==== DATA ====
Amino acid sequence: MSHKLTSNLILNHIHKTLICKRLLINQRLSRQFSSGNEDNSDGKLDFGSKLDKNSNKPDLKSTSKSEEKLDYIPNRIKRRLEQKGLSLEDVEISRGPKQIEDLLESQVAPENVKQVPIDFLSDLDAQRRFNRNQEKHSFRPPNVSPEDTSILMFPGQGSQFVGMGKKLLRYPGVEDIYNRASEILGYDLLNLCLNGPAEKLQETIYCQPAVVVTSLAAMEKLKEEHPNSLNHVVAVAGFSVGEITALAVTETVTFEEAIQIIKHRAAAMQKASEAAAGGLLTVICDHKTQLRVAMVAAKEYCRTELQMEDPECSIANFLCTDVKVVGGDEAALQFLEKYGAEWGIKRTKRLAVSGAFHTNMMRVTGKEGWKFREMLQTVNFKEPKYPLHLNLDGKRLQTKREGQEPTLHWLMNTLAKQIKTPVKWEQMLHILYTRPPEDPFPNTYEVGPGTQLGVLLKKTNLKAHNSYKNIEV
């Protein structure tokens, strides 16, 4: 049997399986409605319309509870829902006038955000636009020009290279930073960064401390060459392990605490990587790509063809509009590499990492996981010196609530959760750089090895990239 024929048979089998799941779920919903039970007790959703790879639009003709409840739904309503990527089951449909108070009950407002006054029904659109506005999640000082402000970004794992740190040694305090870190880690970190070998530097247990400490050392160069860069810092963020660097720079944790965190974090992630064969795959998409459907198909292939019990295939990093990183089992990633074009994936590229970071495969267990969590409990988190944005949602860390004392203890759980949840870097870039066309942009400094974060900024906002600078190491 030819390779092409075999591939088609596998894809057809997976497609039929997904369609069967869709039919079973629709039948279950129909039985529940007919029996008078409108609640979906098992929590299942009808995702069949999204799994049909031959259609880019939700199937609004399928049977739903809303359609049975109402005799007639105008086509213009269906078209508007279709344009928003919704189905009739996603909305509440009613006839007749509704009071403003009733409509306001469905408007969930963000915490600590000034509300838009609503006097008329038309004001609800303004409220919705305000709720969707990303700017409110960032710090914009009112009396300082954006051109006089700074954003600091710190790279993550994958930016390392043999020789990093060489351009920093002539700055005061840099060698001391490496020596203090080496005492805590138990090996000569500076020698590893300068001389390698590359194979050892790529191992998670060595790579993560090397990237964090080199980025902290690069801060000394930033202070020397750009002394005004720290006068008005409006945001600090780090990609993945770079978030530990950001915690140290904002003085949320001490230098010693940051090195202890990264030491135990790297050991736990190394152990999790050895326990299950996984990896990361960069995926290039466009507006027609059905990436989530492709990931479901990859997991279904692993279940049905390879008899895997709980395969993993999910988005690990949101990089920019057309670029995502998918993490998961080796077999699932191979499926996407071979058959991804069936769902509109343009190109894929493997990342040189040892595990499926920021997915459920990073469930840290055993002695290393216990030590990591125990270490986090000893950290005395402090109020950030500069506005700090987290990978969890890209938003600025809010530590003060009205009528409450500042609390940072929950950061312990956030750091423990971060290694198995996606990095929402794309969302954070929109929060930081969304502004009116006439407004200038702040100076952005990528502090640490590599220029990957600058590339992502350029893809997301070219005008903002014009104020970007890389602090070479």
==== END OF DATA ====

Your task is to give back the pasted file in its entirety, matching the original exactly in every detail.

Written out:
Amino acid sequence: MSHKLTSNLILNHIHKTLICKRLLINQRLSRQFSSGNEDNSDGKLDFGSKLDKNSNKPDLKSTSKSEEKLDYIPNRIKRRLEQKGLSLEDVEISRGPKQIEDLLESQVAPENVKQVPIDFLSDLDAQRRFNRNQEKHSFRPPNVSPEDTSILMFPGQGSQFVGMGKKLLRYPGVEDIYNRASEILGYDLLNLCLNGPAEKLQETIYCQPAVVVTSLAAMEKLKEEHPNSLNHVVAVAGFSVGEITALAVTETVTFEEAIQIIKHRAAAMQKASEAAAGGLLTVICDHKTQLRVAMVAAKEYCRTELQMEDPECSIANFLCTDVKVVGGDEAALQFLEKYGAEWGIKRTKRLAVSGAFHTNMMRVTGKEGWKFREMLQTVNFKEPKYPLHLNLDGKRLQTKREGQEPTLHWLMNTLAKQIKTPVKWEQMLHILYTRPPEDPFPNTYEVGPGTQLGVLLKKTNLKAHNSYKNIEV
């Protein structure tokens, strides 16, 4: 049997399986409605319309509870829902006038955000636009020009290279930073960064401390060459392990605490990587790509063809509009590499990492996981010196609530959760750089090895990239 024929048979089998799941779920919903039970007790959703790879639009003709409840739904309503990527089951449909108070009950407002006054029904659109506005999640000082402000970004794992740190040694305090870190880690970190070998530097247990400490050392160069860069810092963020660097720079944790965190974090992630064969795959998409459907198909292939019990295939990093990183089992990633074009994936590229970071495969267990969590409990988190944005949602860390004392203890759980949840870097870039066309942009400094974060900024906002600078190491 030819390779092409075999591939088609596998894809057809997976497609039929997904369609069967869709039919079973629709039948279950129909039985529940007919029996008078409108609640979906098992929590299942009808995702069949999204799994049909031959259609880019939700199937609004399928049977739903809303359609049975109402005799007639105008086509213009269906078209508007279709344009928003919704189905009739996603909305509440009613006839007749509704009071403003009733409509306001469905408007969930963000915490600590000034509300838009609503006097008329038309004001609800303004409220919705305000709720969707990303700017409110960032710090914009009112009396300082954006051109006089700074954003600091710190790279993550994958930016390392043999020789990093060489351009920093002539700055005061840099060698001391490496020596203090080496005492805590138990090996000569500076020698590893300068001389390698590359194979050892790529191992998670060595790579993560090397990237964090080199980025902290690069801060000394930033202070020397750009002394005004720290006068008005409006945001600090780090990609993945770079978030530990950001915690140290904002003085949320001490230098010693940051090195202890990264030491135990790297050991736990190394152990999790050895326990299950996984990896990361960069995926290039466009507006027609059905990436989530492709990931479901990859997991279904692993279940049905390879008899895997709980395969993993999910988005690990949101990089920019057309670029995502998918993490998961080796077999699932191979499926996407071979058959991804069936769902509109343009190109894929493997990342040189040892595990499926920021997915459920990073469930840290055993002695290393216990030590990591125990270490986090000893950290005395402090109020950030500069506005700090987290990978969890890209938003600025809010530590003060009205009528409450500042609390940072929950950061312990956030750091423990971060290694198995996606990095929402794309969302954070929109929060930081969304502004009116006439407004200038702040100076952005990528502090640490590599220029990957600058590339992502350029893809997301070219005008903002014009104020970007890389602090070479």